Building on the analysis of Supply and Demand in Chapter 3 of Hill and Myatt’s Anti-Textbook, this lecture constructs a very simple model of monopoly and duopoly, to show that policy implications in these cases differ dramatically from what conventional textbooks teach. The higher level goal is to teach students Meta-Theoretical thinking. This goes beyond the binary logic which lies behind conventional textbooks, which teach student to think in terms of whether theories are true or false, or even instrumental – enabling you to formulate policy and welfare questions. In Meta-Theory, we try to step back and ask questions about who created this theory, in what historical context, which groups did it help, and which did it hurt, and what will the effects be upon us and upon the world, if we decide to affirm these theories for use in our personal lives, and to shape our societies?

The Hill and Myatt Anti-Text is ideally suited to this goal, since it is directly a meta-analysis of the message contained in conventional textbooks, and brings out the implications hidden beneath the surface of the analysis. In particular, the Anti-Text helps us to understand the rhetorical strategy used by conventional textbooks to convince students of theories which are overwhelmingly contradicted by empirical evidence.

BTW, it is worth pausing here to admire the efficiency with which economists succeed in creating such deep brainwashing that mountains of empirical evidence fail to move the faith of the true believers. For Real-World economists, it is very important to study these rhetorical strategies, as exposing this framework is an important component of the De-Programming techniques which are required to reverse the effects of this brainwashing.  read more

Laughter is the best medicine

October 23, 2017 5 comments

from David Ruccio

Sometimes we just have to sit back and laugh. Or, we would, if the consequences were not so serious.

I’ve been reading and watching the presentations (and ensuing discussions) at the Rethinking Macroeconomic Policy conference recently organized by the Peterson Institute for International Economics.

Quite a spectacle it appears to have been, with an opening paper by famous mainstream macroeconomists Olivier Blanchard and Larry Summers and a closing session—a “fireside chat” without the fire—with the very same doyens of the field.

The basic question of the conference was: does contemporary macroeconomics, in the wake of the Second Great Depression, require a few reforms or does it need a wholesale revolution? Blanchard lined up in the reform camp, with Summers calling for a revolution—with the added spice of Adam Posen referring to himself as Trotsky to Summers’s Lenin.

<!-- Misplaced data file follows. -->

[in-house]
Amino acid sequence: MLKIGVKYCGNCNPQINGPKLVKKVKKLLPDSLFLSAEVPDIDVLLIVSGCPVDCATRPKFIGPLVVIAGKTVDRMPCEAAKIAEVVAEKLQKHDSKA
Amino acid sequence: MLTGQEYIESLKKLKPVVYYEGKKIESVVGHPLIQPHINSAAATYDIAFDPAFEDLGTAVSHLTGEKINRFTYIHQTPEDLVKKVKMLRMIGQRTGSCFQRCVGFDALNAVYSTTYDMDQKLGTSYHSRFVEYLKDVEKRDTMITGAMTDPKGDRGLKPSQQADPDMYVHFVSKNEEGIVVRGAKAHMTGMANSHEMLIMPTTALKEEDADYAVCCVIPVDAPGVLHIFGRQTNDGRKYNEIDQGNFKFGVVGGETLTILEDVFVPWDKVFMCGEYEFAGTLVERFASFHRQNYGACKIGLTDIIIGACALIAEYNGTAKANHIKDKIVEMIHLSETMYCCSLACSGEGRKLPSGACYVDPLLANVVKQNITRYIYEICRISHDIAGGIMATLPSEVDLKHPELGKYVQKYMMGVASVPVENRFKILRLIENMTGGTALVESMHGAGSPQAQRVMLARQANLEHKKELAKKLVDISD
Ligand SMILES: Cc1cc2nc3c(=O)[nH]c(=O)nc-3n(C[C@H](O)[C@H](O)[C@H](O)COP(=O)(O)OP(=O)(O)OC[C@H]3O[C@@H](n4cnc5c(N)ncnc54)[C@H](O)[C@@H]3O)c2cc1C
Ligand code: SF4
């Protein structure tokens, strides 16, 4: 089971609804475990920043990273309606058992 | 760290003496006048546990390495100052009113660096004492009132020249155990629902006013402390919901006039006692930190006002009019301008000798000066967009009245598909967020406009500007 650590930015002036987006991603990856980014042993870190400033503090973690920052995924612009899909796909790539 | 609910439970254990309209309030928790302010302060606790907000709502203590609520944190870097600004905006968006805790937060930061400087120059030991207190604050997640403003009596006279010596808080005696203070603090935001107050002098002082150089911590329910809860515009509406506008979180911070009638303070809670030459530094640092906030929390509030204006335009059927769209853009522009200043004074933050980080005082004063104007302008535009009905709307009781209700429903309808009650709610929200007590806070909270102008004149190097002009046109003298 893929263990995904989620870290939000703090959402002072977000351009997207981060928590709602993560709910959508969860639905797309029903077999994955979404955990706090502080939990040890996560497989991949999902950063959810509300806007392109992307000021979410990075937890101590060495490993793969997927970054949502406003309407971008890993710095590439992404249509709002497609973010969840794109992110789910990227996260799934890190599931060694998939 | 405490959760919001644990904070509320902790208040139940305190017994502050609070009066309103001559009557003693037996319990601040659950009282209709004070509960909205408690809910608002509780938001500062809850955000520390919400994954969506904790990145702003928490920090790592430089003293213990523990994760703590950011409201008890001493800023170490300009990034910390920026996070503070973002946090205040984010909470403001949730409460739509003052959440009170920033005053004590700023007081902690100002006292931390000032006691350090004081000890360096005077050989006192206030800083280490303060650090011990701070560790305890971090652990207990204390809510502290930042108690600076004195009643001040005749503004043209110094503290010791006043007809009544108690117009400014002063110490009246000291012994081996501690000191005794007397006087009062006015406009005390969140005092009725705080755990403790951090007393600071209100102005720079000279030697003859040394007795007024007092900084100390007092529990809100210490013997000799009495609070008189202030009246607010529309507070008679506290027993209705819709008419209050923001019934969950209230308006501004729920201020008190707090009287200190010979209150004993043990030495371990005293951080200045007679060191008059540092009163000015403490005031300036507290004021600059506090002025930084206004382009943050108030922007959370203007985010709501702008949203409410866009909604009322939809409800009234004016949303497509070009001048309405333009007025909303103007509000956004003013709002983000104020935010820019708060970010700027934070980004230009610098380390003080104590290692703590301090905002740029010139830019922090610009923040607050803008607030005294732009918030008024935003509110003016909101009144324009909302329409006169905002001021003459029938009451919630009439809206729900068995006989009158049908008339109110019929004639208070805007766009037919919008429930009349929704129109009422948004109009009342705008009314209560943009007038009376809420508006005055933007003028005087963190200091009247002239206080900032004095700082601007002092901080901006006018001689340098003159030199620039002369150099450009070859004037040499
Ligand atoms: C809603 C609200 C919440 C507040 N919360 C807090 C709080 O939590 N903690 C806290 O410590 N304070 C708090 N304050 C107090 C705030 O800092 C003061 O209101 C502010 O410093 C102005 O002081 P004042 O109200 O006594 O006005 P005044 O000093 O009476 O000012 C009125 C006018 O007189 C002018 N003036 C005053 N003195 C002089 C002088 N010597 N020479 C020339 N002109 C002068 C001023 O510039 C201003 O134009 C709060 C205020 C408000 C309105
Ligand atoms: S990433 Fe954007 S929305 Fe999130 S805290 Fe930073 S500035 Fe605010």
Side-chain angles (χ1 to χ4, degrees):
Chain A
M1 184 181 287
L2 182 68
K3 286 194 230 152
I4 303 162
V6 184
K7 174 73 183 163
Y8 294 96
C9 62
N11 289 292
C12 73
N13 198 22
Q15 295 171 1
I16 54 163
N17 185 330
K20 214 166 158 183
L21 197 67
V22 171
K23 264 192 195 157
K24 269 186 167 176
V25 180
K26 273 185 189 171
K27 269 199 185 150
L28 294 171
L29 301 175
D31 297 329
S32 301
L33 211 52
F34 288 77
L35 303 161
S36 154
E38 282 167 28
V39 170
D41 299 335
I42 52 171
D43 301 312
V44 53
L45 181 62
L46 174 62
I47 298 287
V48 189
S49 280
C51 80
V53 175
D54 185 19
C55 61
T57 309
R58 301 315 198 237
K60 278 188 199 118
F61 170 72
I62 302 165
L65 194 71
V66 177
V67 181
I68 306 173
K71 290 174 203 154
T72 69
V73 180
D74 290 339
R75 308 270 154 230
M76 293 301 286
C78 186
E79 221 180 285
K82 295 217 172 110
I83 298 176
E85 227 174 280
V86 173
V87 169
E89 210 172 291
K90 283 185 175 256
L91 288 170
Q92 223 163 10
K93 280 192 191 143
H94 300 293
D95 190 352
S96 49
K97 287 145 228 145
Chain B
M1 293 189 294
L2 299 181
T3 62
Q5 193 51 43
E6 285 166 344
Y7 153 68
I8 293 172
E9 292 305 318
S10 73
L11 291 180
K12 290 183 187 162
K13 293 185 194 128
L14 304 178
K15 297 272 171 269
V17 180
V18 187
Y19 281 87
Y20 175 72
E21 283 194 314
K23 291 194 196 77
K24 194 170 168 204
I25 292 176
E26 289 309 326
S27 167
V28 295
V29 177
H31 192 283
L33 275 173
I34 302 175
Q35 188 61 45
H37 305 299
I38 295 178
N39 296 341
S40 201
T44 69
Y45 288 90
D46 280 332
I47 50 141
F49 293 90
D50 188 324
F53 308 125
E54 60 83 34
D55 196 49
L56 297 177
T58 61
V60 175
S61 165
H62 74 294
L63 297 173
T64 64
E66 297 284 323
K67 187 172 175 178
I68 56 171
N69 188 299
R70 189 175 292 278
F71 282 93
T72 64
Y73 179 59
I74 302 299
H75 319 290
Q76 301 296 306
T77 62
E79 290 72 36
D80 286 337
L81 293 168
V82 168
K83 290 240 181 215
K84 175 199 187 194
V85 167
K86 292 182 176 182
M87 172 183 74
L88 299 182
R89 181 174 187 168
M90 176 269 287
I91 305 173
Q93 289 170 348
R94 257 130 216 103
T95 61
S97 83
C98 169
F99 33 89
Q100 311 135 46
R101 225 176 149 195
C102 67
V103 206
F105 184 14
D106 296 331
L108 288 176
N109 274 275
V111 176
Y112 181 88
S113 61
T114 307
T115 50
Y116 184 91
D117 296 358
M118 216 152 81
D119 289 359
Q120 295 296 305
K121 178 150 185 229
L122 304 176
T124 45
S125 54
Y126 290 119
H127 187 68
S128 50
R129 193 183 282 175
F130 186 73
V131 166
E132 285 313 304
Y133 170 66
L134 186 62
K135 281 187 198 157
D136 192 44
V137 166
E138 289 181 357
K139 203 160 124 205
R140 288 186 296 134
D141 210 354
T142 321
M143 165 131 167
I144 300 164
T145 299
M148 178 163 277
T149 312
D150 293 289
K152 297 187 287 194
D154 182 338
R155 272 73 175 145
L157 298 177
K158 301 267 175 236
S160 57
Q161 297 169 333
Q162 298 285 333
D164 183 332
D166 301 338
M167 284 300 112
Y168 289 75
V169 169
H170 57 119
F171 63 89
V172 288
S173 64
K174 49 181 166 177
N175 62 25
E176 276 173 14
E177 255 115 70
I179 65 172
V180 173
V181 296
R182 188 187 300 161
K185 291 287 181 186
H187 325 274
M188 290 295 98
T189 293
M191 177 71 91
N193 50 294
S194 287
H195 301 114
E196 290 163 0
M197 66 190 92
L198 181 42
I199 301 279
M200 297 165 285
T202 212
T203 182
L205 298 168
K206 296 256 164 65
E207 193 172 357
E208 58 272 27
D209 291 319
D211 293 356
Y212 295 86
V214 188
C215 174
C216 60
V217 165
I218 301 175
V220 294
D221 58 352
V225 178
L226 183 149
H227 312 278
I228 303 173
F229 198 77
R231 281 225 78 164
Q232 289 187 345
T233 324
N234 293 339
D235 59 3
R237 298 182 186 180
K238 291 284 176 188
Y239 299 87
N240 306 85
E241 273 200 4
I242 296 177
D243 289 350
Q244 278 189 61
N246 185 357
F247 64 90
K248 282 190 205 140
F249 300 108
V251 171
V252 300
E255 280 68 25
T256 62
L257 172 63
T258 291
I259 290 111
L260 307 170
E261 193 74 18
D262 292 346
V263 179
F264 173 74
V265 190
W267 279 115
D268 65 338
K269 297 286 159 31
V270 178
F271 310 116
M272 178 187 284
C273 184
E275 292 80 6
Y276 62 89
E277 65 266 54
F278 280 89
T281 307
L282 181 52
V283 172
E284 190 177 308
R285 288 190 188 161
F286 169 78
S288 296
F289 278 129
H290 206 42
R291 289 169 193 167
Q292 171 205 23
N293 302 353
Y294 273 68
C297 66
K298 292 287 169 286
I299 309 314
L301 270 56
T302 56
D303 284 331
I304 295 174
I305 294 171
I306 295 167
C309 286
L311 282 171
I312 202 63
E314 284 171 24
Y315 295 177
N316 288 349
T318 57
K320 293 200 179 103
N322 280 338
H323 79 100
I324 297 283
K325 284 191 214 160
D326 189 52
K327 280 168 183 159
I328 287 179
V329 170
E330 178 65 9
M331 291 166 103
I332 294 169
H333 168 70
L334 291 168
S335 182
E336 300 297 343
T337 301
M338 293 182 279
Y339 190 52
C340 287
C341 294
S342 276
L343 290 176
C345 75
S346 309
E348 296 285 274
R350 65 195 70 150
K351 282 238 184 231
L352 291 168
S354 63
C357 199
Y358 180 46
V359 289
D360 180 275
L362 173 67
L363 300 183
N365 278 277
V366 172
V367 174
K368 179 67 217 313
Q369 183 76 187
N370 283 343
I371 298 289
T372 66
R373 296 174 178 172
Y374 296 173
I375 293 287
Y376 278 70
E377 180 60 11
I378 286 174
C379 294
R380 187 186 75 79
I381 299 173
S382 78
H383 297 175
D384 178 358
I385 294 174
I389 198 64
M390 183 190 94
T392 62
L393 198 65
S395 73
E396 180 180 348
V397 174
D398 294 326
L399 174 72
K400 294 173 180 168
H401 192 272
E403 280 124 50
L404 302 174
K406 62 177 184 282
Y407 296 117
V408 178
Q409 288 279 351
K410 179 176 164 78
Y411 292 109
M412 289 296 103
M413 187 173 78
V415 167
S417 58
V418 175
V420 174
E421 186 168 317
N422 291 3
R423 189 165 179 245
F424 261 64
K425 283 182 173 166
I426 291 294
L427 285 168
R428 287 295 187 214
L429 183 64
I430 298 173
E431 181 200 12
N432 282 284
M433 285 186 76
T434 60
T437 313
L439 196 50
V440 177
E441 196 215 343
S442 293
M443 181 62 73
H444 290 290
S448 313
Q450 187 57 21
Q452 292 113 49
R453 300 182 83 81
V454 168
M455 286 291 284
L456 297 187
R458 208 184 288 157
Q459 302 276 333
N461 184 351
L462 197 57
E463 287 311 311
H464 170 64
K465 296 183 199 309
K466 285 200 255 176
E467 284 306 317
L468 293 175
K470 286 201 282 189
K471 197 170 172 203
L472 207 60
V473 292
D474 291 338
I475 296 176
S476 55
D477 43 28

Most people would think it’s about time. They know that mainstream macroeconomics failed spectacularly in recent years: It wasn’t able to predict the onset of the crash of 2007-08. It didn’t even include the possibility of such a crash occurring. And it certainly hasn’t been a reliable guide to getting out of the crisis, the worst since the Great Depression of the 1930s.   Read more…

Joan Robinson and the inadequacies of revealed preference theory

October 22, 2017 5 comments

from Lars Syll

We are told nowadays that since utility cannot be measured it is not an operational concept, and that ‘revealed preference’ should be put in its place. Observable market behaviour will show what an individual chooses …

joanIt is just not true that market behaviour can reveal preferences. It is not only that the experiment of offering an individual alternative bundles of goods, or changing his income just to see what he will buy, could never be carried out in practice. The objection is logical, not only practical …

We can observe the reaction of an individual to two different sets of prices only at two different times. How can we tell what part of the difference in his purchases is due to the difference in prices and what part to the change in his preferences that has taken place meanwhile? There is certainly no presumption that his character has not changed, for soap and whisky are not the only goods whose use affects tastes. Practically everything develops either an inertia of habit or a desire for change.

We have got one equation for two unknowns. Unless we can get some independent evidence about preferences the experiment is no good. But it was the experiment that we were supposed to rely on to observe the preferences.

As so often, Robinson hits the nail on the head.   Read more…

Whatever happened to ₹-money (and credit) in India?

October 22, 2017 2 comments

Aside: I didn’t know, but the ₹-sign is the official sign for the rupee

Why did the Indian economy not succumb under the weight of the sudden demonetization of 8 November 2016? The answer: to an extent because the government and the commercial sector kept borrowing from banks and spent this money.


There is overwhelming evidence that at the grassroots level the dearth of cash caused by the financial folly disproportionately hurt the poor and unbanked as rebuilding took time and converting old notes to new ones did led to a short but crippling decline in the amount of available cash. This despite the fact that a much larger proportion of outstanding ‘old’ cash was converted to new money than expected. In spite of this, the official economy grew. How come? Credit growth rapidly rebounded… (see below). Read more…